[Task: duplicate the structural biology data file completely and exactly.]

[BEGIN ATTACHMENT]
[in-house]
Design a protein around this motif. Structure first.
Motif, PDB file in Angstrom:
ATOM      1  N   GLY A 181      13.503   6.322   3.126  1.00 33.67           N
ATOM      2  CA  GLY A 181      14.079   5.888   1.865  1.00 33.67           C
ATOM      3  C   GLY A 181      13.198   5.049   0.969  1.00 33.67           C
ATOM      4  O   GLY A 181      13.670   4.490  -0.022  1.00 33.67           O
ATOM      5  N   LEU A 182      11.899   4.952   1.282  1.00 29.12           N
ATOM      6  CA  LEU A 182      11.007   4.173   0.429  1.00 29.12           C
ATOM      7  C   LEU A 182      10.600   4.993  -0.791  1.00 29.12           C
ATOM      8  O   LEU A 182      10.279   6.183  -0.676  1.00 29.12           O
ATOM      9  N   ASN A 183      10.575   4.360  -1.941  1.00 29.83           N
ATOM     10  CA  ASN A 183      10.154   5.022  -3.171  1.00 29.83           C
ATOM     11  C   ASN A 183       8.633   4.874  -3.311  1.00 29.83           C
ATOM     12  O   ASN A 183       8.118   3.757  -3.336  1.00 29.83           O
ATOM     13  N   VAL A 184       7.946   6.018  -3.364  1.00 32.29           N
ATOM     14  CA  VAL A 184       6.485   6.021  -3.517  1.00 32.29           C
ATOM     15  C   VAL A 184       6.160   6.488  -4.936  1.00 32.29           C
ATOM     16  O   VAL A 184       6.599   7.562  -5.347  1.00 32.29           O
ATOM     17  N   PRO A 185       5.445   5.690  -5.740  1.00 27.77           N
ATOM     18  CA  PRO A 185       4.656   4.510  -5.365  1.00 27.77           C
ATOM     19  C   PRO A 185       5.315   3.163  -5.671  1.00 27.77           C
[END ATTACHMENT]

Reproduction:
[in-house]
Design a protein around this motif. Structure first.
Motif, PDB file in Angstrom:
ATOM      1  N   GLY A 181      13.503   6.322   3.126  1.00 33.67           N
ATOM      2  CA  GLY A 181      14.079   5.888   1.865  1.00 33.67           C
ATOM      3  C   GLY A 181      13.198   5.049   0.969  1.00 33.67           C
ATOM      4  O   GLY A 181      13.670   4.490  -0.022  1.00 33.67           O
ATOM      5  N   LEU A 182      11.899   4.952   1.282  1.00 29.12           N
ATOM      6  CA  LEU A 182      11.007   4.173   0.429  1.00 29.12           C
ATOM      7  C   LEU A 182      10.600   4.993  -0.791  1.00 29.12           C
ATOM      8  O   LEU A 182      10.279   6.183  -0.676  1.00 29.12           O
ATOM      9  N   ASN A 183      10.575   4.360  -1.941  1.00 29.83           N
ATOM     10  CA  ASN A 183      10.154   5.022  -3.171  1.00 29.83           C
ATOM     11  C   ASN A 183       8.633   4.874  -3.311  1.00 29.83           C
ATOM     12  O   ASN A 183       8.118   3.757  -3.336  1.00 29.83           O
ATOM     13  N   VAL A 184       7.946   6.018  -3.364  1.00 32.29           N
ATOM     14  CA  VAL A 184       6.485   6.021  -3.517  1.00 32.29           C
ATOM     15  C   VAL A 184       6.160   6.488  -4.936  1.00 32.29           C
ATOM     16  O   VAL A 184       6.599   7.562  -5.347  1.00 32.29           O
ATOM     17  N   PRO A 185       5.445   5.690  -5.740  1.00 27.77           N
ATOM     18  CA  PRO A 185       4.656   4.510  -5.365  1.00 27.77           C
ATOM     19  C   PRO A 185       5.315   3.163  -5.671  1.00 27.77           C